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MoonHeart by Charles de Lint
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MoonHeart (1984)

by Charles de Lint

Other authors: See the other authors section.

Series: Moonheart (1)

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Showing 1-5 of 19 (next | show all)
Who among you remembers the first book you read? Or, shall we say the first which made a real impression on you? For me, I grew up on a household that didn't read, and didn't really provide books for a budding bibliophile. So, I did what I could, mostly snitching school books to read from my older cousins. The first I really remember? Being six years old and sneaking my cousin's high school mythology books from her room. The ideas there absolutely fascinated me. Gods and monsters. Far distant lands with strange languages and customs. I was truly hooked on mythology, fantasy and reading itself. It was an epiphany of massive personal proportions.

Back in the middle/late 80's, I was gifted with “Moonheart.” Another epiphany of massive personal proportions. I fell into the story, into it's world of myth and legend, and became an Urban Fantasy fan for life. Moonheart's story was, for it's time, groundbreaking. While most mythology of the time retained the ancient characteristics of other myths and legends, Moonheart brought the stories into the modern day, creating the modern Urban Fantasy genre. Of course, Emma Bull's “War For The Oaks” winner of the Locus Award for Best First Novel , Terri Windling's “The Wood Wife” and Ellen Datlow's various compilations of UF helped cement my love at the time. I spent years collecting all the works I could get my hands on, including a rare, signed copy of de Lint's “The Buffalo Man,” illustrated by Charles Vess, that I cherish.

Moonheart is perfect for anyone who wants to study the beginnings of UF, but it is a tremendous story for what it is – a beautifully written tale combining music (another of my passions), fairie, mystical forests, mythical artifacts and beings and layers upon layers of worlds. De Lint is a musician himself, and his writing is a paean to the musical heart of myth and mystery.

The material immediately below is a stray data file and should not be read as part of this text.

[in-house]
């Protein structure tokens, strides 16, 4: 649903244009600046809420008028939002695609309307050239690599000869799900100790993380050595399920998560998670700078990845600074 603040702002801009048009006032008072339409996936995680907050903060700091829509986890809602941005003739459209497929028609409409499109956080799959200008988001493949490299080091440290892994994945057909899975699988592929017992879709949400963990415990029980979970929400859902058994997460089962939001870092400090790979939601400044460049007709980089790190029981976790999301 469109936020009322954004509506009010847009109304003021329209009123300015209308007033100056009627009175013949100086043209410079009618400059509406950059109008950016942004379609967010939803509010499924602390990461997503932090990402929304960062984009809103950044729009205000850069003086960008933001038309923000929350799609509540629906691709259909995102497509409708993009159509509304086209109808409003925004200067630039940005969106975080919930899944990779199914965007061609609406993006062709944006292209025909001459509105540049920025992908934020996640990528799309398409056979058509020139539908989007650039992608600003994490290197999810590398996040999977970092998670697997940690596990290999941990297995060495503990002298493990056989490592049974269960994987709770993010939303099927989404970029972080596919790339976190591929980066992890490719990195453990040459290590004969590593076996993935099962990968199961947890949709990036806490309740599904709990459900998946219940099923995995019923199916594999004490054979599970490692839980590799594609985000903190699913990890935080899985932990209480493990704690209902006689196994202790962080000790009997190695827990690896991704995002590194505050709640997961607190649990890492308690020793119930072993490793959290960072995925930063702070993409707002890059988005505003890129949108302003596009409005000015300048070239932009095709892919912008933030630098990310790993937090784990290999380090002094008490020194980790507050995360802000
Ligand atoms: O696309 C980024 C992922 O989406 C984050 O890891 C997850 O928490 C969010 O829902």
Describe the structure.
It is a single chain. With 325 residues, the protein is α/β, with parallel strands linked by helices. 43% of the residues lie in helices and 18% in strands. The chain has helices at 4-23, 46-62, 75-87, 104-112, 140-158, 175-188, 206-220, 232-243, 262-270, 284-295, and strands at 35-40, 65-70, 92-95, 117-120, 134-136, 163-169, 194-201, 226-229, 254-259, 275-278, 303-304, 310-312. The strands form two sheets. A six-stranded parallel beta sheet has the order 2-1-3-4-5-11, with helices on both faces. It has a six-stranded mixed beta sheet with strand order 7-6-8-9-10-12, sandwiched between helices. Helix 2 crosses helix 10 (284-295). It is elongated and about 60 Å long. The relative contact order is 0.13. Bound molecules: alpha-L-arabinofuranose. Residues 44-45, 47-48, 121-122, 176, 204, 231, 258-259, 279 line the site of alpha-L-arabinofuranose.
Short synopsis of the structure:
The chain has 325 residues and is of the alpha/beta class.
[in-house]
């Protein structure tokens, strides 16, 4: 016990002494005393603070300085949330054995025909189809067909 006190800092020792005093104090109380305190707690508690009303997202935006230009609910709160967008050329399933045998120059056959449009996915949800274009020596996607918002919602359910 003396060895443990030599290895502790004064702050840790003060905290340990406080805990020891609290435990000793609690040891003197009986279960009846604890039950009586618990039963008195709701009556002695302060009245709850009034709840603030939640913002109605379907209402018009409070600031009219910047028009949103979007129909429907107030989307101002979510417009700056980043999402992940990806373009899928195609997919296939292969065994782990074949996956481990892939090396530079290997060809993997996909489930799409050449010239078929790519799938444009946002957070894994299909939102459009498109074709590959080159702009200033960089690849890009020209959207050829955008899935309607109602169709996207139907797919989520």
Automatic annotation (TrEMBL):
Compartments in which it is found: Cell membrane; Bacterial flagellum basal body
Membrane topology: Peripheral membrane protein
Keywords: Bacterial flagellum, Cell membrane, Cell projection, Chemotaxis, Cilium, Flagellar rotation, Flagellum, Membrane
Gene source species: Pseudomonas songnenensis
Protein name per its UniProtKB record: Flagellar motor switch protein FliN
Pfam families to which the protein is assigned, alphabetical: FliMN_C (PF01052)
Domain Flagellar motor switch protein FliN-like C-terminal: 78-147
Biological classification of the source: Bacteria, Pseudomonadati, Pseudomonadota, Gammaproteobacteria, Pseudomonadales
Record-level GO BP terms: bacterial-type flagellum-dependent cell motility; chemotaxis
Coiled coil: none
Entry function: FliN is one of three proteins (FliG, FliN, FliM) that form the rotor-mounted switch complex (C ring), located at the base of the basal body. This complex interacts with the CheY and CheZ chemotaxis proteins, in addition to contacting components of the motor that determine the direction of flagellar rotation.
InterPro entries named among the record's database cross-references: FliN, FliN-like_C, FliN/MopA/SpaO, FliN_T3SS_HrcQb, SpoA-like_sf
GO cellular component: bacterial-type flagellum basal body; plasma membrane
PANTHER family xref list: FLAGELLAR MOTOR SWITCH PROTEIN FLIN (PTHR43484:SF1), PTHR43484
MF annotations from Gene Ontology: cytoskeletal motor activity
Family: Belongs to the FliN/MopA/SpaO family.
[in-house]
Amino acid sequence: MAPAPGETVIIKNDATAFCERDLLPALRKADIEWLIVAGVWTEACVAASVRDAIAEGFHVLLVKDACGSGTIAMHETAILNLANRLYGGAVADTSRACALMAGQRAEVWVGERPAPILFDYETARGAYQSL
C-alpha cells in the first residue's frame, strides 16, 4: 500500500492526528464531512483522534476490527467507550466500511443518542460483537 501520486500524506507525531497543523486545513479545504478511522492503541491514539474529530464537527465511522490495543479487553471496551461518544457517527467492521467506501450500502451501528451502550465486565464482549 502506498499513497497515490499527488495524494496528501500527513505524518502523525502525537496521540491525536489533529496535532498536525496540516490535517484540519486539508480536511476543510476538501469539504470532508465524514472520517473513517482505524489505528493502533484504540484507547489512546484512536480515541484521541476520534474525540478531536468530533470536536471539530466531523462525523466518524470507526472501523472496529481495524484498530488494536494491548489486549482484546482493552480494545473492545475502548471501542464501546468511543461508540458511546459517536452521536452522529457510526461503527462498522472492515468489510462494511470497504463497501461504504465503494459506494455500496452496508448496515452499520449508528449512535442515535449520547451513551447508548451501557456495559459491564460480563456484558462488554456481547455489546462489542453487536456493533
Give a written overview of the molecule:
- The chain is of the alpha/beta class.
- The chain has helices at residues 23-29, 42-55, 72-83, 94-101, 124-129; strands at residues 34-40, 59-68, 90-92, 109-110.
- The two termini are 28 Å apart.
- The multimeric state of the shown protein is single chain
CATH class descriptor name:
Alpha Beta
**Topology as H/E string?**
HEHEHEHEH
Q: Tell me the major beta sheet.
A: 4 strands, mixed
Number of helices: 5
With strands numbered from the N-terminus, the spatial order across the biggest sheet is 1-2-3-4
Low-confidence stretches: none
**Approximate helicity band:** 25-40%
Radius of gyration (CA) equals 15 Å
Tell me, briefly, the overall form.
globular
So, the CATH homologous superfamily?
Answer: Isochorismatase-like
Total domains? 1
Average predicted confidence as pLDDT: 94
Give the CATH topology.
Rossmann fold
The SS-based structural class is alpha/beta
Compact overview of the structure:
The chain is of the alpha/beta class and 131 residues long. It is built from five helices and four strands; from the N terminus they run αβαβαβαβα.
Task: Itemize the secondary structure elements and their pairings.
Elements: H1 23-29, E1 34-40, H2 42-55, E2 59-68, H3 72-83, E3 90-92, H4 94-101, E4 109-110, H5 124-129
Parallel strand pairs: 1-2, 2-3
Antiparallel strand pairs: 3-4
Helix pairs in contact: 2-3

A living house which straddles two worlds, a cast of characters who I love dearly. Moonheart is a beautiful story I return to over and over again. ( )
  soireadthisbooktoday | May 4, 2014 |
ORIGINALLY POSTED AT Fantasy Literature.

Sara and her uncle Jamie live in Tamson House, the old family mansion that takes up a street block in Ottawa. While Sara runs their cluttered curiosity shop, Jamie spends his days studying the arcane and playing host to the eccentrics and homeless people who come and go through Tamson House. Sara and Jamie’s interests collide when Sara discovers an old gold ring that seems to draw her into an ancient past — a past where Welsh and Native American mythology comes alive. But not only does the ring pull Sara in, it draws Tamson House, and all its occupants, with it.

Moonheart was a truly satisfying read for me. I fell in love with Tamson House — just the idea of a big sprawling mansion that exists in two worlds is enough to fascinate me. Tamson House was my favorite “character” in Moonheart but, as rarely happens, I liked almost all of the characters in this novel. They feel real and alive, with distinct backgrounds, personalities, and motivations. I enjoyed watching them react to their strange situations and interact with each other.

Another aspect of Moonheart that works especially well is the mix of the modern and ancient. It doesn’t feel at all unreasonable when Blue is racing his motorcycle through ancient Wales. In many ways, Moonheart reminded me of Robert Holdstock’s Mythago Wood and Lavondyss, two of my favorite fantasy novels. In each of these stories, an old house exists in both the modern world and on the edge of an old dark forest full of myth and legend. I suppose I just can’t resist this type of story and de Lint does it so well.

There is plenty of mystery, suspense, and action in Moonheart, and even some terror, too. I was completely enthralled the whole way through as I listened to Paul Michael Garcia superbly narrate Blackstone audio’s version. Moonheart is an enchanting story. ( )
  Kat_Hooper | Apr 6, 2014 |